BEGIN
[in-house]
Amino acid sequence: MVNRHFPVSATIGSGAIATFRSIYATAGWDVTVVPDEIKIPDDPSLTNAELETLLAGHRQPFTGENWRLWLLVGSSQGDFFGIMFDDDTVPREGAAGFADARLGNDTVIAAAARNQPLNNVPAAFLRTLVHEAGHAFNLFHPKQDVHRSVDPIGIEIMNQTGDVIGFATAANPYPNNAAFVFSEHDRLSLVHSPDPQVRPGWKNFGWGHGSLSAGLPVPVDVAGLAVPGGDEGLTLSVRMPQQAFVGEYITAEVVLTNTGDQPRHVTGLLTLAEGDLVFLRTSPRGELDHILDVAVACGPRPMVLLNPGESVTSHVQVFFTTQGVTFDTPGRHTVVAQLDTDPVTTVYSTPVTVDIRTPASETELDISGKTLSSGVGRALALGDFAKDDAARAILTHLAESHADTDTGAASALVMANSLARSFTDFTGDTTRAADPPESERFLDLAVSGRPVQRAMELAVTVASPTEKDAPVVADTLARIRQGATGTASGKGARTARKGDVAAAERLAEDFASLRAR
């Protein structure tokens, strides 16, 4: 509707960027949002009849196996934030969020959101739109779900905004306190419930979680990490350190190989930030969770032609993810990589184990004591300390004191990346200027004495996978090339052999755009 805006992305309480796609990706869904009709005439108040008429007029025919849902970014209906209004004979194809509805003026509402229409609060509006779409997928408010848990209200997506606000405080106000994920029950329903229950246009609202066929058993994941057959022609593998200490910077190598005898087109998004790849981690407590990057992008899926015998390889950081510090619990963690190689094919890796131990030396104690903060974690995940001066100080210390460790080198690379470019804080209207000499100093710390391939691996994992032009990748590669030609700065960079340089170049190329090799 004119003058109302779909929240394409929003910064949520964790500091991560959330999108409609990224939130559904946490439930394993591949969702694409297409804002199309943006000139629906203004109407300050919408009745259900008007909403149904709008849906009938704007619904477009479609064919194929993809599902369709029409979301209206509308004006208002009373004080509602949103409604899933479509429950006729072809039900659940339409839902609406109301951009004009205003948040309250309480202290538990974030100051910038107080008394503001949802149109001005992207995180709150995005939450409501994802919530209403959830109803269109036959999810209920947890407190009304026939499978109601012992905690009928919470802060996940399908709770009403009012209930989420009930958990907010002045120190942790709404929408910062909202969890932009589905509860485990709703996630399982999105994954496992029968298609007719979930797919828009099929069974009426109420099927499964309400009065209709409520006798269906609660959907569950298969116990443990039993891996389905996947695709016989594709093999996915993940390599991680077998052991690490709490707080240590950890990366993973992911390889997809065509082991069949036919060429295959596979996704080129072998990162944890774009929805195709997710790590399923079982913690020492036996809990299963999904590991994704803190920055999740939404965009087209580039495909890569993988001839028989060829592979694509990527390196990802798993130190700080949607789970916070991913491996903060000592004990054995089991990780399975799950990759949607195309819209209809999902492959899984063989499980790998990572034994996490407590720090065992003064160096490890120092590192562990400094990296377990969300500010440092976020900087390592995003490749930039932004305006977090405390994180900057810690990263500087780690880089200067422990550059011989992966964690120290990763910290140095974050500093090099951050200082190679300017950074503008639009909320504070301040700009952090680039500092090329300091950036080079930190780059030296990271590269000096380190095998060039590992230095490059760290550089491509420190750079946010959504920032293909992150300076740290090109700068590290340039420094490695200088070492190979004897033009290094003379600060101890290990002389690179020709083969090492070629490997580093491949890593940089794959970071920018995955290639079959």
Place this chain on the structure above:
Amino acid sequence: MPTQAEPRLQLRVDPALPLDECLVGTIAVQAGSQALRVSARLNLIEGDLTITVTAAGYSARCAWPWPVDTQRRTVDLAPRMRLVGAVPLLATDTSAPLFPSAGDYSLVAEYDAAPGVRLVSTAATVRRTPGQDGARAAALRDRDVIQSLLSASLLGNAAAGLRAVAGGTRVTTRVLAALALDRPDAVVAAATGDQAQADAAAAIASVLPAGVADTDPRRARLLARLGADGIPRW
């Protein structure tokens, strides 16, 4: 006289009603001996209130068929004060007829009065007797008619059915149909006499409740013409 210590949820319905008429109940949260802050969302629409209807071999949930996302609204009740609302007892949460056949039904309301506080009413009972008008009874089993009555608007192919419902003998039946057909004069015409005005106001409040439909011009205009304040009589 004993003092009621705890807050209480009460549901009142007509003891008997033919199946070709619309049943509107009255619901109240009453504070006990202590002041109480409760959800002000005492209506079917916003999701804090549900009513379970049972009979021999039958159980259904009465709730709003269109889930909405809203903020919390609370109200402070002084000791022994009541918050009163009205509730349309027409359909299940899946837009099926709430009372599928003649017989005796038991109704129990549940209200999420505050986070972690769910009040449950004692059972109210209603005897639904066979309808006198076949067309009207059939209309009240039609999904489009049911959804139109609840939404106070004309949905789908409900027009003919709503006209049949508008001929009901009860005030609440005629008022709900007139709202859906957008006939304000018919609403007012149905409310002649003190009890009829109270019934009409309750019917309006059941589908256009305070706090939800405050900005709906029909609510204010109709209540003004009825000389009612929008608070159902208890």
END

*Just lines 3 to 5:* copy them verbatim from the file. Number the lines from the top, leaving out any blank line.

């Protein structure tokens, strides 16, 4: 509707960027949002009849196996934030969020959101739109779900905004306190419930979680990490350190190989930030969770032609993810990589184990004591300390004191990346200027004495996978090339052999755009 805006992305309480796609990706869904009709005439108040008429007029025919849902970014209906209004004979194809509805003026509402229409609060509006779409997928408010848990209200997506606000405080106000994920029950329903229950246009609202066929058993994941057959022609593998200490910077190598005898087109998004790849981690407590990057992008899926015998390889950081510090619990963690190689094919890796131990030396104690903060974690995940001066100080210390460790080198690379470019804080209207000499100093710390391939691996994992032009990748590669030609700065960079340089170049190329090799 004119003058109302779909929240394409929003910064949520964790500091991560959330999108409609990224939130559904946490439930394993591949969702694409297409804002199309943006000139629906203004109407300050919408009745259900008007909403149904709008849906009938704007619904477009479609064919194929993809599902369709029409979301209206509308004006208002009373004080509602949103409604899933479509429950006729072809039900659940339409839902609406109301951009004009205003948040309250309480202290538990974030100051910038107080008394503001949802149109001005992207995180709150995005939450409501994802919530209403959830109803269109036959999810209920947890407190009304026939499978109601012992905690009928919470802060996940399908709770009403009012209930989420009930958990907010002045120190942790709404929408910062909202969890932009589905509860485990709703996630399982999105994954496992029968298609007719979930797919828009099929069974009426109420099927499964309400009065209709409520006798269906609660959907569950298969116990443990039993891996389905996947695709016989594709093999996915993940390599991680077998052991690490709490707080240590950890990366993973992911390889997809065509082991069949036919060429295959596979996704080129072998990162944890774009929805195709997710790590399923079982913690020492036996809990299963999904590991994704803190920055999740939404965009087209580039495909890569993988001839028989060829592979694509990527390196990802798993130190700080949607789970916070991913491996903060000592004990054995089991990780399975799950990759949607195309819209209809999902492959899984063989499980790998990572034994996490407590720090065992003064160096490890120092590192562990400094990296377990969300500010440092976020900087390592995003490749930039932004305006977090405390994180900057810690990263500087780690880089200067422990550059011989992966964690120290990763910290140095974050500093090099951050200082190679300017950074503008639009909320504070301040700009952090680039500092090329300091950036080079930190780059030296990271590269000096380190095998060039590992230095490059760290550089491509420190750079946010959504920032293909992150300076740290090109700068590290340039420094490695200088070492190979004897033009290094003379600060101890290990002389690179020709083969090492070629490997580093491949890593940089794959970071920018995955290639079959």
Place this chain on the structure above:
Amino acid sequence: MPTQAEPRLQLRVDPALPLDECLVGTIAVQAGSQALRVSARLNLIEGDLTITVTAAGYSARCAWPWPVDTQRRTVDLAPRMRLVGAVPLLATDTSAPLFPSAGDYSLVAEYDAAPGVRLVSTAATVRRTPGQDGARAAALRDRDVIQSLLSASLLGNAAAGLRAVAGGTRVTTRVLAALALDRPDAVVAAATGDQAQADAAAAIASVLPAGVADTDPRRARLLARLGADGIPRW